(music playing) Because then it just sounds like an articulation. So if I have it really short, and even if I have a pretty wide pitch modulation-- (music playing) --that almost gives it a percussive quality to it. (music playing) So there are a lot of interesting things you can do with that using this built-in envelope. The other interesting factor about this LFO1 is it's polyphonic. So what that means is that for every note that I'm playing, I get a separate LFO that's modulating the pitch. So that means that if I'm playing a note, you can hear that it has a certain cycle of modulation.

If I play another note, it has an independent phase. So they don't necessarily line up in their pitch modulation, like one can be pitching up and the other one is pitching down. And that's because this is a polyphonic LFO. Now to contrast, LFO2 is monophonic. So let's try the same thing with LFO2. So set our source here as LFO2, and let's set it to a similar rate. So let's set it to like 1.6ish Hertz. That will do, and let's listen to that here.

So here's one note. (music playing) That sounds the same, but when I play another one-- (music playing) --you can hear the timing and the phase of the modulation is happening together because it's monophonic. So that's one of the primary differences between LFO1 and 2. The other difference is that LFO1, you can't synchronize the rate here to the beat. It's all in Hertz. LFO2, when I'm in the center, I have no modulation. And if I go up, then it's going to be in Hertz or cycles per second.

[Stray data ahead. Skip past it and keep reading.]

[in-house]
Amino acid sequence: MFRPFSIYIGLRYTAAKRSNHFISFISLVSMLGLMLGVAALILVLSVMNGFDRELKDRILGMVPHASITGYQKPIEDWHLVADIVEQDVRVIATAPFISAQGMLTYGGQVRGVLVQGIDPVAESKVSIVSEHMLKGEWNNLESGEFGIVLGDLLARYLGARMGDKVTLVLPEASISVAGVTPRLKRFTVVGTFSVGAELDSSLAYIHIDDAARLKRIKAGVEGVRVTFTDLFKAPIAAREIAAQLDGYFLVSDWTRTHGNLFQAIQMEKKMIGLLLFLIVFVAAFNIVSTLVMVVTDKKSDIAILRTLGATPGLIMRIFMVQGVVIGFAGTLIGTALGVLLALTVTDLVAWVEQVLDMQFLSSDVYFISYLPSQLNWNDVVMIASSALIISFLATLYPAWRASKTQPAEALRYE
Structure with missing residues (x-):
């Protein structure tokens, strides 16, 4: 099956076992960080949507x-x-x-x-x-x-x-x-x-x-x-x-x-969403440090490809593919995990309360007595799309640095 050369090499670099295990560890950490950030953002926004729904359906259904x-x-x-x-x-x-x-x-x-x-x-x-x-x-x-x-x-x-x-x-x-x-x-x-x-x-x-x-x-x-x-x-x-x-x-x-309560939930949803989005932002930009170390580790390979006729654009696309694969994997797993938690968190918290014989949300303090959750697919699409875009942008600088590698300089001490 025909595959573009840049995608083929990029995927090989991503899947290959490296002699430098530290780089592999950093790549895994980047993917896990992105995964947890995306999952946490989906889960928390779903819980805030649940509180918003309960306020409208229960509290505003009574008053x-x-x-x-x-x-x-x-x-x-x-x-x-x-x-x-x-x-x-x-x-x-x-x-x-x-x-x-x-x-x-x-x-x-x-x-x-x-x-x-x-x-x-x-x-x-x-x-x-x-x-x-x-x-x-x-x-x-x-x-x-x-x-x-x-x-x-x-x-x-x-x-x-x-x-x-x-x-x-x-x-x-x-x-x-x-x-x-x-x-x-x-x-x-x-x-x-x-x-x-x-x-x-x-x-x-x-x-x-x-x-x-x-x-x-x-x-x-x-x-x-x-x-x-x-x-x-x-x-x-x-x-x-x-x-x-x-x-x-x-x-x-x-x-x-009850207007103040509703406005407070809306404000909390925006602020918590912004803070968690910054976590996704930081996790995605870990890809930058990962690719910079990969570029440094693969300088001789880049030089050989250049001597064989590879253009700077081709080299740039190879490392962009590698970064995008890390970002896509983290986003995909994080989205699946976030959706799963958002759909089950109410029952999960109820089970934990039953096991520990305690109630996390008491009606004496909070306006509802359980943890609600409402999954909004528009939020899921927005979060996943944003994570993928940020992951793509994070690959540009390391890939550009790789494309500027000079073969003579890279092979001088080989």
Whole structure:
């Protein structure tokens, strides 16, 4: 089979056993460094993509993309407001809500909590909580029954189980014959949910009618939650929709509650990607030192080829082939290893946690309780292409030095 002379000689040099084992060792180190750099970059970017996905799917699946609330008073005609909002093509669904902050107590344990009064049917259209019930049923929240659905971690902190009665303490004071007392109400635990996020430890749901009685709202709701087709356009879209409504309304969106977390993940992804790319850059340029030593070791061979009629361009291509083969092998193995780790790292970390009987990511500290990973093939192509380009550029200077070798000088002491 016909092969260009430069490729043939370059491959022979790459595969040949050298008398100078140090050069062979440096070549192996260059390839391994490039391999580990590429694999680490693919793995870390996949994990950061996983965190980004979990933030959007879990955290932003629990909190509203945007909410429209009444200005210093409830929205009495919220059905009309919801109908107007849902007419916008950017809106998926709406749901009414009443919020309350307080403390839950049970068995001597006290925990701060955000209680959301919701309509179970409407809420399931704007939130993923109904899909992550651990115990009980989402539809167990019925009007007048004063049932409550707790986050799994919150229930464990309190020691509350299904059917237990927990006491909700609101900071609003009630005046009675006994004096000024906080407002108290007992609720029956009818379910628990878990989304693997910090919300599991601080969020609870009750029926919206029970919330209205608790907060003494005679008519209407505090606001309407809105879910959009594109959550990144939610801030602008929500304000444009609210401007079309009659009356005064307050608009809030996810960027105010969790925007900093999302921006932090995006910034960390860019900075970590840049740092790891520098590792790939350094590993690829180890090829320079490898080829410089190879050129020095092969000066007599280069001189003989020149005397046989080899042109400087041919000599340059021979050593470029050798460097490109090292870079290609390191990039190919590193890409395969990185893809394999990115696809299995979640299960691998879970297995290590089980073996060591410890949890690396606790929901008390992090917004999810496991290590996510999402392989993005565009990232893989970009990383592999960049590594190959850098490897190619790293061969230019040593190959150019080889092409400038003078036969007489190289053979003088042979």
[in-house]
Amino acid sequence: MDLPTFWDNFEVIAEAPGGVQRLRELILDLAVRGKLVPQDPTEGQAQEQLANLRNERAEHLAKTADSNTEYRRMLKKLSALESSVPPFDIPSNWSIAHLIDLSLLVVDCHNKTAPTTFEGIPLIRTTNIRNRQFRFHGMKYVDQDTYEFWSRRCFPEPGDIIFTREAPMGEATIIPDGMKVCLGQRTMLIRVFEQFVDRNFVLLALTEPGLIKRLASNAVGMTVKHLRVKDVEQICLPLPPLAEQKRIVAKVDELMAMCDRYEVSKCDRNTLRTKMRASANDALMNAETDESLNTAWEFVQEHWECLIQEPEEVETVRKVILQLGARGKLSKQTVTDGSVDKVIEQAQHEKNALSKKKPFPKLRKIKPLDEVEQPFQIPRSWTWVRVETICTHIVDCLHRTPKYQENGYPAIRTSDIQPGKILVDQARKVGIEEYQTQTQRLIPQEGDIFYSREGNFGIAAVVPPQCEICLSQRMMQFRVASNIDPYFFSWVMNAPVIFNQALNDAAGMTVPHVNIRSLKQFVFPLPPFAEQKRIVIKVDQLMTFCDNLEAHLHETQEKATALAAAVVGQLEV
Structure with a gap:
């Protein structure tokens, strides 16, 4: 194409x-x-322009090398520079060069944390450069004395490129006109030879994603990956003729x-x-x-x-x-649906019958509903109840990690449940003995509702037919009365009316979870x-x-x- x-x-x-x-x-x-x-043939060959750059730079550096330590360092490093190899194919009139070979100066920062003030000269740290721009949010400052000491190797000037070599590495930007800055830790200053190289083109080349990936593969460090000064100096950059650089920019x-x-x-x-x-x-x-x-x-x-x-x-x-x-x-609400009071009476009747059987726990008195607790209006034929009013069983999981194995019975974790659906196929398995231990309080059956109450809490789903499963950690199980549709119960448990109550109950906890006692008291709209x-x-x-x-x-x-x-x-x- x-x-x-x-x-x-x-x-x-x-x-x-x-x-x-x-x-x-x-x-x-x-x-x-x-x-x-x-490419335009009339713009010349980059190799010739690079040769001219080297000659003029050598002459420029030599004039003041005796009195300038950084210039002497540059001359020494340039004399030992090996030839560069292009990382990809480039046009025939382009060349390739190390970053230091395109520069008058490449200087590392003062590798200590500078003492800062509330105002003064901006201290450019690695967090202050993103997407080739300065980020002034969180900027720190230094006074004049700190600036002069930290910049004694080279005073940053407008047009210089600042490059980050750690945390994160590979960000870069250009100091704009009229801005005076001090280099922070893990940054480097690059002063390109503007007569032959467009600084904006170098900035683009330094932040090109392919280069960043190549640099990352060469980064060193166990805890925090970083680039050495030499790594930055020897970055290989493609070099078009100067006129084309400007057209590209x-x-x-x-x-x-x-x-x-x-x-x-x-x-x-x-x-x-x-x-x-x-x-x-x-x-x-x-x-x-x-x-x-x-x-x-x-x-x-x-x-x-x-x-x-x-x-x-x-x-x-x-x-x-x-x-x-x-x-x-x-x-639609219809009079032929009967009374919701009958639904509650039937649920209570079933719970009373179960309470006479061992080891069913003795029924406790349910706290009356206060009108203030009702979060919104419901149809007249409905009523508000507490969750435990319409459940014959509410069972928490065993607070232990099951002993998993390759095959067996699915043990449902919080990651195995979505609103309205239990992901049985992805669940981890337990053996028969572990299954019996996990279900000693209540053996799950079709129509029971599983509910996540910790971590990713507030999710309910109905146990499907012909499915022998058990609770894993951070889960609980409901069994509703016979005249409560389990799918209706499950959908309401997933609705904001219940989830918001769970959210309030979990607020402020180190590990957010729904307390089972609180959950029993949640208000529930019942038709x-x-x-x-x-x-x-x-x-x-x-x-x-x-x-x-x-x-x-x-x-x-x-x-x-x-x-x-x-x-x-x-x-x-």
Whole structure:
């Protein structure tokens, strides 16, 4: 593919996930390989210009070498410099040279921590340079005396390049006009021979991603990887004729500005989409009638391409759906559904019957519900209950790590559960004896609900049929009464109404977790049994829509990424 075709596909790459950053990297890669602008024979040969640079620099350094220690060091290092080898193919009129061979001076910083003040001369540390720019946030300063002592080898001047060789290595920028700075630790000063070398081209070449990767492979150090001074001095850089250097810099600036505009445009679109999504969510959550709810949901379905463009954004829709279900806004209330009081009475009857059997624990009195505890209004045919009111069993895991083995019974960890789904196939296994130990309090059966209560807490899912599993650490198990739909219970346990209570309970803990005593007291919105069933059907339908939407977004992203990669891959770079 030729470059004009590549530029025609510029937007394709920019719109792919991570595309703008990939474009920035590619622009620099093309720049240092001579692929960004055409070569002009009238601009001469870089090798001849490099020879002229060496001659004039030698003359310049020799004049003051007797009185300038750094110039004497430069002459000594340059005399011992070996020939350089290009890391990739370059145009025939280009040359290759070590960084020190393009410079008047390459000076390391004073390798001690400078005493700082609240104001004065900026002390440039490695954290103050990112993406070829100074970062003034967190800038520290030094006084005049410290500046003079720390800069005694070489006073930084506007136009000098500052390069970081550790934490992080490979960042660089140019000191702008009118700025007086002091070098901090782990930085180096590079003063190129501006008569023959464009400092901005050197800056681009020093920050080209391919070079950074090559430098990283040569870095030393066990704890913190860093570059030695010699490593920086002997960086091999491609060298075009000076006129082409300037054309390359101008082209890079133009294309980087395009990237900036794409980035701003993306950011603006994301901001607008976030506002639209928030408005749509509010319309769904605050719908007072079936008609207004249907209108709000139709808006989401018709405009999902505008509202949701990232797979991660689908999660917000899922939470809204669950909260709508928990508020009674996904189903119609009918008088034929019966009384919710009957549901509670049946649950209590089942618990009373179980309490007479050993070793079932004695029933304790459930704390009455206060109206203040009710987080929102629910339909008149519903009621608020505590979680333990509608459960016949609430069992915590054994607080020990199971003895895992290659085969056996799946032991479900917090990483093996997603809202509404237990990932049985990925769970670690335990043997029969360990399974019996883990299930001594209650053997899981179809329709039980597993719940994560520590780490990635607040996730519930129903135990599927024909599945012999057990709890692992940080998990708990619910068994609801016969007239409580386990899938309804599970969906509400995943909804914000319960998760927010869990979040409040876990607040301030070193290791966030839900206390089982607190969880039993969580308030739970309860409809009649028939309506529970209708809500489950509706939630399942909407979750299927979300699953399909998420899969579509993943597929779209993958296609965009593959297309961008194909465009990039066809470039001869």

If I drag this down, it's going to be in divisions of the beat, so then it's musically related to the tempo of the song. (music playing) So that's the other difference between LFO1 and 2. And then one thing that's definitely worth exploring is trying different waveforms for your LFOs. So for example, even just this pitch modulation we have here, let's try some of these different waveforms. So right now, it's on triangle waveform, but let's select the ramp down. (music playing) Or I can have a ramp up.